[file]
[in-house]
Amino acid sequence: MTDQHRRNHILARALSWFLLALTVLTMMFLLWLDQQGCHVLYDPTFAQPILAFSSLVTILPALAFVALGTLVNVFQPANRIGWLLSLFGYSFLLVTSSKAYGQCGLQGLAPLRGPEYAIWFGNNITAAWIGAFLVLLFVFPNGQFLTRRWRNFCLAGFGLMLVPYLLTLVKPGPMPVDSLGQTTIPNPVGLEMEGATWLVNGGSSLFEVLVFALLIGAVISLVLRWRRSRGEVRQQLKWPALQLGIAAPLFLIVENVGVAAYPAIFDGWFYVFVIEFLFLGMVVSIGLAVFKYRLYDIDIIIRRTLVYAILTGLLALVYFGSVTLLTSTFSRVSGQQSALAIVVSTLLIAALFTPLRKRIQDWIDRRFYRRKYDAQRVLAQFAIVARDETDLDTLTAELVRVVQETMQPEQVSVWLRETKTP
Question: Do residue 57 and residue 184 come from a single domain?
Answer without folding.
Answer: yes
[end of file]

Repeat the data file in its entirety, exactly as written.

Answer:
[in-house]
Amino acid sequence: MTDQHRRNHILARALSWFLLALTVLTMMFLLWLDQQGCHVLYDPTFAQPILAFSSLVTILPALAFVALGTLVNVFQPANRIGWLLSLFGYSFLLVTSSKAYGQCGLQGLAPLRGPEYAIWFGNNITAAWIGAFLVLLFVFPNGQFLTRRWRNFCLAGFGLMLVPYLLTLVKPGPMPVDSLGQTTIPNPVGLEMEGATWLVNGGSSLFEVLVFALLIGAVISLVLRWRRSRGEVRQQLKWPALQLGIAAPLFLIVENVGVAAYPAIFDGWFYVFVIEFLFLGMVVSIGLAVFKYRLYDIDIIIRRTLVYAILTGLLALVYFGSVTLLTSTFSRVSGQQSALAIVVSTLLIAALFTPLRKRIQDWIDRRFYRRKYDAQRVLAQFAIVARDETDLDTLTAELVRVVQETMQPEQVSVWLRETKTP
Question: Do residue 57 and residue 184 come from a single domain?
Answer without folding.
Answer: yes